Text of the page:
To determine if inhibitory cell lineages were produced we used γ-aminobutyric acid (GABA) and parvalbumin (PV), Zebrin II (ZII; Aldoca – ZFIN) and Pax2 to further identify Purkinje and Golgi neurons. GABA was used to identify all inhibitory neurons, while PV and ZII were used to label Purkinje cells (Bae et al., 2009; Kaslin et al., 2013). Pax2 is required for the differentiation of Golgi and stellate cells in the mouse cerebellum (Maricich and Herrup, 1999; Kaslin et al., 2013). In agreement with the morphological analysis, only a very small number of GABA/BrdU-immunopositive inhibitory neurons were detected 3 months after injury (n=5, 16.74±7.33 cells/brain; Fig. 1I,J, Fig. S1E). A similar number of Pax2/BrdU-immunopositive cells were detected 3 months after injury, suggesting that primarily Golgi cells were produced (n=5, 11.23±9.67 cells/brain; Fig. S1D). No BrdU-labelled PV+ or ZII+ Purkinje neurons were detected at any of the analysed time points after injury (n=5 for each time point, Purkinje cell layer at 1.5, 3 and 6 months; Fig. 1F-J, Fig. S1). Eurydendroid cells were identified using the olig2:egfp transgenic line that labels most eurydendroid cells and oligodendrocytes in the corpus cerebelli (Bae et al., 2009; Kaslin et al., 2013). No BrdU-labelled olig2:egfp-positive cells (eurydendroid cells) were detected 3 months after injury (n=5; Fig. 1K), but rare BrdU and olig2:egfp double-positive and neuronal marker-negative cells (oligodendrocytes) were observed in the granule cell layer (n=5, 5.3±2.6 cells/brain; Fig. 1L). Glutamine synthetase (GS) or S100β labelling was used to identify Bergmann glia (Kaslin et al., 2009, 2013). A small number of BrdU and GS/S100β double-positive glial cells were detected 3 months after injury (n=5, 24.6±6.4 cells/brain; data not shown; see Fig. 3C-E). Furthermore, we performed unilateral needle stick injury to restrict damage, since injury size could hamper the regenerative response. In agreement with the surgical injury, no BrdU-labelled PV+ or ZII+ Purkinje neurons were detected 4 weeks after injury (n=5; data not shown). Taken together, our data demonstrate that granule cells readily regenerate after injury, but regeneration of other cell types is limited in the adult cerebellum.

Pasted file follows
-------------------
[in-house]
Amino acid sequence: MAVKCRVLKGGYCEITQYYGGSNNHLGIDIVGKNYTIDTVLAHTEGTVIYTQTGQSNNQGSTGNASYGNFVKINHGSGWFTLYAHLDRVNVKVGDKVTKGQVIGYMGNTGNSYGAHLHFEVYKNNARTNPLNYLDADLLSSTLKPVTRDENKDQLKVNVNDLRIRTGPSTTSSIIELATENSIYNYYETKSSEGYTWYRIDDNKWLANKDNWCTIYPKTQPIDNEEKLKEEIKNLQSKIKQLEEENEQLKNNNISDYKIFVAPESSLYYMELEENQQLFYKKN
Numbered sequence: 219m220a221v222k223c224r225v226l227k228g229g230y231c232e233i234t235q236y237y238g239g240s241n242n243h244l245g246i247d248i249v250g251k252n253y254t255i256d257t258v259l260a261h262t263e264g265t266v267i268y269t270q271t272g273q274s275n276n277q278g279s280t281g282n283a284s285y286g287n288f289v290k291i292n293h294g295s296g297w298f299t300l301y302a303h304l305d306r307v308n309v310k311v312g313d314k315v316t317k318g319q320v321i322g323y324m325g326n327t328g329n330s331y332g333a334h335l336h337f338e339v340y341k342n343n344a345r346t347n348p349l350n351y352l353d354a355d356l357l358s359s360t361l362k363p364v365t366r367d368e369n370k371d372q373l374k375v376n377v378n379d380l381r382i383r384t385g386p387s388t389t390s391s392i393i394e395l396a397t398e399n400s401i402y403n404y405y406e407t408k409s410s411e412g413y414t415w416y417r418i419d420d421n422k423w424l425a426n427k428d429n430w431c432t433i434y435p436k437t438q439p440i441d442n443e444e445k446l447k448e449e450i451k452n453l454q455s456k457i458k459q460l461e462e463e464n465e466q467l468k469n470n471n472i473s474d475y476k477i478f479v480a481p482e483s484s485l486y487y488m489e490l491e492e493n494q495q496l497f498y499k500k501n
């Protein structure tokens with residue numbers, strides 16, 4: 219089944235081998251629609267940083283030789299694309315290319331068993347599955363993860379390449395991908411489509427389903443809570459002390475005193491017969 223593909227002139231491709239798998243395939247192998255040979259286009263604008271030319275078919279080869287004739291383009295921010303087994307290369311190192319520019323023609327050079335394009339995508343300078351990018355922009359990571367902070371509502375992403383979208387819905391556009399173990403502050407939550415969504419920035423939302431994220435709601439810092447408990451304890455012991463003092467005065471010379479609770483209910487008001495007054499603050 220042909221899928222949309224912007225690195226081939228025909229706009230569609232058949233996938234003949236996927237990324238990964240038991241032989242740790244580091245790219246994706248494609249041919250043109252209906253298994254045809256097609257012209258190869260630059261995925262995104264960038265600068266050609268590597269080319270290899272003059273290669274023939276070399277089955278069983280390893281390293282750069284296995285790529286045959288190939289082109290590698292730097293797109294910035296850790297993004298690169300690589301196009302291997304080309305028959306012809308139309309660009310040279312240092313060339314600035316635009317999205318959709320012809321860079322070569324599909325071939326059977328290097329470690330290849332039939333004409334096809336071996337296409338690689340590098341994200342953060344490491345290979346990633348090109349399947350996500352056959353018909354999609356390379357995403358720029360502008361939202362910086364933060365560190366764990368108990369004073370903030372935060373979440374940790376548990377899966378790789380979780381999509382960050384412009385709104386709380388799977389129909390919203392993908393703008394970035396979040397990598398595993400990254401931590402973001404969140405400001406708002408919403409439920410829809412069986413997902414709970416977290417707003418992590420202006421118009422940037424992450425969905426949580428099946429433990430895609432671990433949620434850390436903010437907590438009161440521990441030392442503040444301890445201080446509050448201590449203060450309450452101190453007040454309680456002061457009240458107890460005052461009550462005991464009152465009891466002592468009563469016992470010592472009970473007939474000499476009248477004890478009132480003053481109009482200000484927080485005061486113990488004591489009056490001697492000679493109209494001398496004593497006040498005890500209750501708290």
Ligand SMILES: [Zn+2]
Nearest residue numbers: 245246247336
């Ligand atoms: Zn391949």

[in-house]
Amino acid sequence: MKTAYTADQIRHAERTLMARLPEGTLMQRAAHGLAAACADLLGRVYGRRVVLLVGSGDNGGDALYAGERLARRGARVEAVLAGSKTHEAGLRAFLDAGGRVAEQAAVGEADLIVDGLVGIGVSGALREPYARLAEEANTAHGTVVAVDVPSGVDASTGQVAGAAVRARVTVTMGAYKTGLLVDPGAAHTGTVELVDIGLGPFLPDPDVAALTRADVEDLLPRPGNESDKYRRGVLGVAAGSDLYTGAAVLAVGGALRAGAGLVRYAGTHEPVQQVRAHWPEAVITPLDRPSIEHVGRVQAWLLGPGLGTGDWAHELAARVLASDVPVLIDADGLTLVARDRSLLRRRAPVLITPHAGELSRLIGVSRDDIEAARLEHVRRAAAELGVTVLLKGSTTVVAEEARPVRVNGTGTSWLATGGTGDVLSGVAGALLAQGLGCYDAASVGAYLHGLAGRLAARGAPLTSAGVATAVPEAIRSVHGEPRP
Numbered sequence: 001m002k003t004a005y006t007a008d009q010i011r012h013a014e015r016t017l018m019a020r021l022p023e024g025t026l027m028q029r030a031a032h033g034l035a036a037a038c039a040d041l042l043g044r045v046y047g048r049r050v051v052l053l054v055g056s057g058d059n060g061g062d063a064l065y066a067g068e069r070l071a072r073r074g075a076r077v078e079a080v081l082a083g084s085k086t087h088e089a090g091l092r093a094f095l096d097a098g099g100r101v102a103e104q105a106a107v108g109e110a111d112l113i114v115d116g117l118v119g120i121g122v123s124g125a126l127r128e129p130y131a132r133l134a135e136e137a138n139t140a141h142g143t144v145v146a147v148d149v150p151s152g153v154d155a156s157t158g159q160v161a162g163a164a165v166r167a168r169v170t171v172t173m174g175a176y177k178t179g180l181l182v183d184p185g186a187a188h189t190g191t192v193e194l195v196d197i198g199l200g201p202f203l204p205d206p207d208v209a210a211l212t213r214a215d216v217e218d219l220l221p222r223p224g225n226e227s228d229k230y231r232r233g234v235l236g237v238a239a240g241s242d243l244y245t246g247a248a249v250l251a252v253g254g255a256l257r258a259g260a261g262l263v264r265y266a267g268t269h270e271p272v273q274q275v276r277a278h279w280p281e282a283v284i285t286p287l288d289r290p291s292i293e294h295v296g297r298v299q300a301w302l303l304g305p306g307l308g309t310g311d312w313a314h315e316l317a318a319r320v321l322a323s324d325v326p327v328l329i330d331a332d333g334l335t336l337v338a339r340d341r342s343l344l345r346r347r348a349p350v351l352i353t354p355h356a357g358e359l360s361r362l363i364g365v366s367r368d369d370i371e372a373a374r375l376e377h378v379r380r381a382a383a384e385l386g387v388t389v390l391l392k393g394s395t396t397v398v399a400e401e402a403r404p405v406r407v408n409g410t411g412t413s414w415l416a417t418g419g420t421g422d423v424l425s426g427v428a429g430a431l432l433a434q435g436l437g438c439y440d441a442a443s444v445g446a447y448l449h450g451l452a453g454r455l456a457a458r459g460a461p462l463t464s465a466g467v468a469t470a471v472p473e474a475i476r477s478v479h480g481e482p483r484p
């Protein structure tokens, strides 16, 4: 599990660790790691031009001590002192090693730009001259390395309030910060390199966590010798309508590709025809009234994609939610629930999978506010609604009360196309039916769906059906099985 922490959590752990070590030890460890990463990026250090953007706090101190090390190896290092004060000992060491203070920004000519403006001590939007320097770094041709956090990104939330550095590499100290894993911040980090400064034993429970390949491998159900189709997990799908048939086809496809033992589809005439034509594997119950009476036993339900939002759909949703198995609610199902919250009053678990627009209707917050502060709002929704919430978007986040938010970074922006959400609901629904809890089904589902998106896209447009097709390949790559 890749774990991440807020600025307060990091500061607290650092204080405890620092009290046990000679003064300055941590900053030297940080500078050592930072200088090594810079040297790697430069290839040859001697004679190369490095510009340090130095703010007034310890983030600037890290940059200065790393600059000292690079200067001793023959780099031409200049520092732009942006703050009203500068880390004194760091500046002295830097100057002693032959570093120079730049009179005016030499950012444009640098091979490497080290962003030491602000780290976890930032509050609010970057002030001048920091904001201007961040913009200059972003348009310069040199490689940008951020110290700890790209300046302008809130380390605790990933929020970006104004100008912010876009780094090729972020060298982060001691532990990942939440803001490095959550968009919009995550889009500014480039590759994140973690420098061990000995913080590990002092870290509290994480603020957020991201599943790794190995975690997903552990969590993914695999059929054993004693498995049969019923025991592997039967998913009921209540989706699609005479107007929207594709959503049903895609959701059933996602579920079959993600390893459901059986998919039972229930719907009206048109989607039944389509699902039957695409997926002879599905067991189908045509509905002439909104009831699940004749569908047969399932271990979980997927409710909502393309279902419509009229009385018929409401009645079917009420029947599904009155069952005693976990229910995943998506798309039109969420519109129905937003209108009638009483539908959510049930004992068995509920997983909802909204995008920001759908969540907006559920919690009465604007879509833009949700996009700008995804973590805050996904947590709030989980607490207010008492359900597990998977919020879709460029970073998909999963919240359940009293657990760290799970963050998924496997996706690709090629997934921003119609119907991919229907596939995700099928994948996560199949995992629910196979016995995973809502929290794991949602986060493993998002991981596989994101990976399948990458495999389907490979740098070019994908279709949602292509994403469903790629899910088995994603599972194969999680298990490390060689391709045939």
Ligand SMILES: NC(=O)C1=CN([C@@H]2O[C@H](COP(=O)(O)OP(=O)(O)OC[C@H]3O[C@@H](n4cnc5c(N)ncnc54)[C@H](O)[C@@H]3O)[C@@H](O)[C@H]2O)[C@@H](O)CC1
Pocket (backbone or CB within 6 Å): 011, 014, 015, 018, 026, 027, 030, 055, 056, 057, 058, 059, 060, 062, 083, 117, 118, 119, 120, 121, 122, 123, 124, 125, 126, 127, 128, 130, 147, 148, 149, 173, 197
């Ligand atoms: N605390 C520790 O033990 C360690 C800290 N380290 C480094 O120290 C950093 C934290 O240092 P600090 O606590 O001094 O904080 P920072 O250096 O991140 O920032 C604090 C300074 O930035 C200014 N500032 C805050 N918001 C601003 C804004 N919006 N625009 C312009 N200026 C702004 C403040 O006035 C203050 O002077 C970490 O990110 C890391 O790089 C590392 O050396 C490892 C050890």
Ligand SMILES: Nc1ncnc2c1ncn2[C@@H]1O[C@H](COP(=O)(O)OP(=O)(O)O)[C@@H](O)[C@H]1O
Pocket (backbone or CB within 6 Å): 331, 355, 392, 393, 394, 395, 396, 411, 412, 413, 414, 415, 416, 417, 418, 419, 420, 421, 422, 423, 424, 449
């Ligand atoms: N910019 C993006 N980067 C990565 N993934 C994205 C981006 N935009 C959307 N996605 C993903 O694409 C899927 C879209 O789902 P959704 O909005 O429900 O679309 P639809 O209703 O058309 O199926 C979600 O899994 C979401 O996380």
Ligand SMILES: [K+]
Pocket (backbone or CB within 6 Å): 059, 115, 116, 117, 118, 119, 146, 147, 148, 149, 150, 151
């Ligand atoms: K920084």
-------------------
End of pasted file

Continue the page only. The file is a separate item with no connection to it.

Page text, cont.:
Activation of neural stem and progenitor cells after cerebellar injury